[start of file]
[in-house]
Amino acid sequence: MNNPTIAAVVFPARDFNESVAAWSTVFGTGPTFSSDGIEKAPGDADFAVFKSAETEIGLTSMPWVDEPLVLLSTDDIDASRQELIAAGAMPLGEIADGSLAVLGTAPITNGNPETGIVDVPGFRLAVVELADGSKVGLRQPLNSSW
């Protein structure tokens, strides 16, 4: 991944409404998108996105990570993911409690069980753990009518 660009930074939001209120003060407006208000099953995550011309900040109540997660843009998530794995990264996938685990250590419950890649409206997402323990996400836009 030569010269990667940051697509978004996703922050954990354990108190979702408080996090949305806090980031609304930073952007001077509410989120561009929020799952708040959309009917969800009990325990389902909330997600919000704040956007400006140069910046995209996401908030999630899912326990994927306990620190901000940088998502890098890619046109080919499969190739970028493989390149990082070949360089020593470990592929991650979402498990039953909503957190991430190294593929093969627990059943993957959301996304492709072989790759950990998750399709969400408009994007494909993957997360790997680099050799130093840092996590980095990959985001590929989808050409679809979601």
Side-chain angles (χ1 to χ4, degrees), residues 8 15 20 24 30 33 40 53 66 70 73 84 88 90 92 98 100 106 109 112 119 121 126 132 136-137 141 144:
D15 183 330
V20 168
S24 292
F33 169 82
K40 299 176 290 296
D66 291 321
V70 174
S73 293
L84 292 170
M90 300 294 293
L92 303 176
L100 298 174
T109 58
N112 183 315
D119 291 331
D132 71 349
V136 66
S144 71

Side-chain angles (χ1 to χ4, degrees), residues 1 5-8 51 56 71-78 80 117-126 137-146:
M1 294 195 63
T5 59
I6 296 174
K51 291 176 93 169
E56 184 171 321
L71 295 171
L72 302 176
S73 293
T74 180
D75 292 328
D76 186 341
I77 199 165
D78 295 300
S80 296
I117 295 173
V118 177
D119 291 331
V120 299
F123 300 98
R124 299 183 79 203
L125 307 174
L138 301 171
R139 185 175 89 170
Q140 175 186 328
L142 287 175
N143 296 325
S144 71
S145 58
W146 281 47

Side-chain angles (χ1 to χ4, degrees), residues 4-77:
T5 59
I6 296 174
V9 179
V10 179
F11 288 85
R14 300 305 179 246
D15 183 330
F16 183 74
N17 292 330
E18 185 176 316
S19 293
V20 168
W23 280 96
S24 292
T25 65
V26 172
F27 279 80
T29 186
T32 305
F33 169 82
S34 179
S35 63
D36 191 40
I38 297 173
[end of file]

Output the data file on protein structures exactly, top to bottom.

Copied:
[in-house]
Amino acid sequence: MNNPTIAAVVFPARDFNESVAAWSTVFGTGPTFSSDGIEKAPGDADFAVFKSAETEIGLTSMPWVDEPLVLLSTDDIDASRQELIAAGAMPLGEIADGSLAVLGTAPITNGNPETGIVDVPGFRLAVVELADGSKVGLRQPLNSSW
């Protein structure tokens, strides 16, 4: 991944409404998108996105990570993911409690069980753990009518 660009930074939001209120003060407006208000099953995550011309900040109540997660843009998530794995990264996938685990250590419950890649409206997402323990996400836009 030569010269990667940051697509978004996703922050954990354990108190979702408080996090949305806090980031609304930073952007001077509410989120561009929020799952708040959309009917969800009990325990389902909330997600919000704040956007400006140069910046995209996401908030999630899912326990994927306990620190901000940088998502890098890619046109080919499969190739970028493989390149990082070949360089020593470990592929991650979402498990039953909503957190991430190294593929093969627990059943993957959301996304492709072989790759950990998750399709969400408009994007494909993957997360790997680099050799130093840092996590980095990959985001590929989808050409679809979601």
Side-chain angles (χ1 to χ4, degrees), residues 8 15 20 24 30 33 40 53 66 70 73 84 88 90 92 98 100 106 109 112 119 121 126 132 136-137 141 144:
D15 183 330
V20 168
S24 292
F33 169 82
K40 299 176 290 296
D66 291 321
V70 174
S73 293
L84 292 170
M90 300 294 293
L92 303 176
L100 298 174
T109 58
N112 183 315
D119 291 331
D132 71 349
V136 66
S144 71

Side-chain angles (χ1 to χ4, degrees), residues 1 5-8 51 56 71-78 80 117-126 137-146:
M1 294 195 63
T5 59
I6 296 174
K51 291 176 93 169
E56 184 171 321
L71 295 171
L72 302 176
S73 293
T74 180
D75 292 328
D76 186 341
I77 199 165
D78 295 300
S80 296
I117 295 173
V118 177
D119 291 331
V120 299
F123 300 98
R124 299 183 79 203
L125 307 174
L138 301 171
R139 185 175 89 170
Q140 175 186 328
L142 287 175
N143 296 325
S144 71
S145 58
W146 281 47

Side-chain angles (χ1 to χ4, degrees), residues 4-77:
T5 59
I6 296 174
V9 179
V10 179
F11 288 85
R14 300 305 179 246
D15 183 330
F16 183 74
N17 292 330
E18 185 176 316
S19 293
V20 168
W23 280 96
S24 292
T25 65
V26 172
F27 279 80
T29 186
T32 305
F33 169 82
S34 179
S35 63
D36 191 40
I38 297 173